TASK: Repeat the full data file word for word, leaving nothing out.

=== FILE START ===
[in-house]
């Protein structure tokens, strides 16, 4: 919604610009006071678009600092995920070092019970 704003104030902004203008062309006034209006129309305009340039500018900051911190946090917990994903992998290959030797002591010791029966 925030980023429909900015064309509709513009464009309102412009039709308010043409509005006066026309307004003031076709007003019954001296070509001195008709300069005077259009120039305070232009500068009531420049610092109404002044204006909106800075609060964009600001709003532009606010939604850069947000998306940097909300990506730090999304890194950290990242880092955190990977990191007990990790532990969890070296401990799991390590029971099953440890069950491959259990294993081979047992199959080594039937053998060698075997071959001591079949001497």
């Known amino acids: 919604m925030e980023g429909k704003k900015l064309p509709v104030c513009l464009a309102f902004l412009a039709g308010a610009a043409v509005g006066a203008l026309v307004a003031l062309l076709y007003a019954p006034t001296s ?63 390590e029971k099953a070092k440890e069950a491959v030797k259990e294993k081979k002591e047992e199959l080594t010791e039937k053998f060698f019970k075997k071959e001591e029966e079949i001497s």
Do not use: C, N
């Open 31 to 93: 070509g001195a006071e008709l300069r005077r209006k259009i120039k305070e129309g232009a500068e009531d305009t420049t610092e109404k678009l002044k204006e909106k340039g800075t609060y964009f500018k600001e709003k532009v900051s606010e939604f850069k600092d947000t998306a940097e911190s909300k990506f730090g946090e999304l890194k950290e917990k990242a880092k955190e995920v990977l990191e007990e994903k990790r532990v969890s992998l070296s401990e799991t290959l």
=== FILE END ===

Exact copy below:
[in-house]
């Protein structure tokens, strides 16, 4: 919604610009006071678009600092995920070092019970 704003104030902004203008062309006034209006129309305009340039500018900051911190946090917990994903992998290959030797002591010791029966 925030980023429909900015064309509709513009464009309102412009039709308010043409509005006066026309307004003031076709007003019954001296070509001195008709300069005077259009120039305070232009500068009531420049610092109404002044204006909106800075609060964009600001709003532009606010939604850069947000998306940097909300990506730090999304890194950290990242880092955190990977990191007990990790532990969890070296401990799991390590029971099953440890069950491959259990294993081979047992199959080594039937053998060698075997071959001591079949001497």
């Known amino acids: 919604m925030e980023g429909k704003k900015l064309p509709v104030c513009l464009a309102f902004l412009a039709g308010a610009a043409v509005g006066a203008l026309v307004a003031l062309l076709y007003a019954p006034t001296s ?63 390590e029971k099953a070092k440890e069950a491959v030797k259990e294993k081979k002591e047992e199959l080594t010791e039937k053998f060698f019970k075997k071959e001591e029966e079949i001497s």
Do not use: C, N
């Open 31 to 93: 070509g001195a006071e008709l300069r005077r209006k259009i120039k305070e129309g232009a500068e009531d305009t420049t610092e109404k678009l002044k204006e909106k340039g800075t609060y964009f500018k600001e709003k532009v900051s606010e939604f850069k600092d947000t998306a940097e911190s909300k990506f730090g946090e999304l890194k950290e917990k990242a880092k955190e995920v990977l990191e007990e994903k990790r532990v969890s992998l070296s401990e799991t290959l």